My Ash Story: Tree to Yoke

My Ash Story: Tree to Yoke

I enjoyed Allaire Diamond’s article about ash trees and [emerald ash borer] in the last issue of Panorama. Here is a link to a YouTube video my son made about carving a portage yoke for his canoe from a small ash tree on our (soon-to-be-conserved) property in...
What’s your ash story?

What’s your ash story?

Our woods are on the brink of massive change. Vermont’s 150 million ash trees are all threatened by an invasive insect, emerald ash borer, that was first detected here in 2018. But for now, ash trees are largely alive and well in Vermont, providing important habitat...
Pieter’s Lens – An important time to learn more about ash trees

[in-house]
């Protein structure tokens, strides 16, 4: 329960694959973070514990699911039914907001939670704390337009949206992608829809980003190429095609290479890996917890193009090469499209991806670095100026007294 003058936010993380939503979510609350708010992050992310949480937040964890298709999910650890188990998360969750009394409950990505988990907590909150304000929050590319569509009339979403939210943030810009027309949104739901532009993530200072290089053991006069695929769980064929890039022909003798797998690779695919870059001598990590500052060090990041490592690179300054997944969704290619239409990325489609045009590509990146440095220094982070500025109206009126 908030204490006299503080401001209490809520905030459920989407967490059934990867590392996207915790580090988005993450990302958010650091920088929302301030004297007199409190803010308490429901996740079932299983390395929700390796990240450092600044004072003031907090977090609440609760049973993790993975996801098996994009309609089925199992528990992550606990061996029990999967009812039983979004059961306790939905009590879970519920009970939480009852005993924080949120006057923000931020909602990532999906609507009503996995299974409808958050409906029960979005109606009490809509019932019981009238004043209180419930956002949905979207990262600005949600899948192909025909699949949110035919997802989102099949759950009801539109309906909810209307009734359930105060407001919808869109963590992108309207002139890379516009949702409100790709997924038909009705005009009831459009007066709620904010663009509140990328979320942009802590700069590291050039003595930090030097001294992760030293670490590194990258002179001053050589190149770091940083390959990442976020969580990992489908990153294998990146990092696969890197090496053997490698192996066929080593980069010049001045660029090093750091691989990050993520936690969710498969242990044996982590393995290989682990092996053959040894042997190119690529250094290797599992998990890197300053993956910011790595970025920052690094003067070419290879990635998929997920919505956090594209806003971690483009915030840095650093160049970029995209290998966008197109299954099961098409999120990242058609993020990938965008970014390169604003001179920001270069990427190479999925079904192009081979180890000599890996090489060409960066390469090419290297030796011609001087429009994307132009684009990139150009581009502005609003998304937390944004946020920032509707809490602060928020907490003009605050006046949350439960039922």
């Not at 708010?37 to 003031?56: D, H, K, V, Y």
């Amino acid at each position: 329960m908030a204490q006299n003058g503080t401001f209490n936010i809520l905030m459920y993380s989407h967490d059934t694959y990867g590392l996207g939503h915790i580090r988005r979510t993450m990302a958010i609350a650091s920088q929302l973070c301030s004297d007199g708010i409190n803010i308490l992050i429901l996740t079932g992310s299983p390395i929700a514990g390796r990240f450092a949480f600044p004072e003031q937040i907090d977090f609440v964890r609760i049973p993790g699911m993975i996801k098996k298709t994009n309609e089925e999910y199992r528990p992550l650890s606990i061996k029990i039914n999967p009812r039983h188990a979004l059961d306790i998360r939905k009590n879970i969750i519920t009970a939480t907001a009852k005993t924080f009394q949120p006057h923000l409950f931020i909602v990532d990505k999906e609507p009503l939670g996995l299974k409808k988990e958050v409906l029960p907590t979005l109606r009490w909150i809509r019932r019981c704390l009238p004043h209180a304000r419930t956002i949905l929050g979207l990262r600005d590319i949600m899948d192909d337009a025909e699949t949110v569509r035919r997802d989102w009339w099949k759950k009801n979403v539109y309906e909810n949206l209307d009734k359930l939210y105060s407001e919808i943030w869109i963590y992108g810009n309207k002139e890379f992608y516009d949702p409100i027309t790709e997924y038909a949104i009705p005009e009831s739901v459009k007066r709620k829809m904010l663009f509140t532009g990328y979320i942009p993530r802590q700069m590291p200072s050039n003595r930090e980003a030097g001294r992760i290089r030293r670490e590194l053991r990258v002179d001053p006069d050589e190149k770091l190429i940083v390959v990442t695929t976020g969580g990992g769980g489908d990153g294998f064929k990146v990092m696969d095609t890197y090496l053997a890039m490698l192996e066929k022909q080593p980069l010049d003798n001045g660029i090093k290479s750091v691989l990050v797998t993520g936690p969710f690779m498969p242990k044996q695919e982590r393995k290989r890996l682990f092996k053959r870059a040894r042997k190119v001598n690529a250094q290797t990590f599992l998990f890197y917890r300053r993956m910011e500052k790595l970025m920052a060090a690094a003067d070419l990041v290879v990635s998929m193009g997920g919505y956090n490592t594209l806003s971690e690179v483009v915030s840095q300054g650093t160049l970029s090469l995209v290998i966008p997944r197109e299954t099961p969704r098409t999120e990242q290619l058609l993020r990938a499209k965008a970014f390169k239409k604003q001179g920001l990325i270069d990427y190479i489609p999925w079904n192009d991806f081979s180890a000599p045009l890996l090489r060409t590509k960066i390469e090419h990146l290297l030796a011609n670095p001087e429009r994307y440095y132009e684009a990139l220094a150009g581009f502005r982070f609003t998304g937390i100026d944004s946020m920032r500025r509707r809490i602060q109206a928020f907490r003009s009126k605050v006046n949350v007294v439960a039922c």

Pieter’s Lens – An important time to learn more about ash trees

by Pieter van Loon, VLT forester — I was recently reminded that ash trees are dioecious (pronounced die-EESH-iss). That is just a fancy way of saying there are male ash trees and female ash trees. For most of the year you can’t tell them apart, but right now it...
Emerald Ash Borer Found in Vermont

Emerald Ash Borer Found in Vermont

The emerald ash borer, an invasive insect from Asia, has been found in Orange Plainfield, Groton, Barre, Derby Line, South Hero, and in other towns in Vermont. We are saddened by this news, since ash trees are important to Vermont’s forests, towns, and...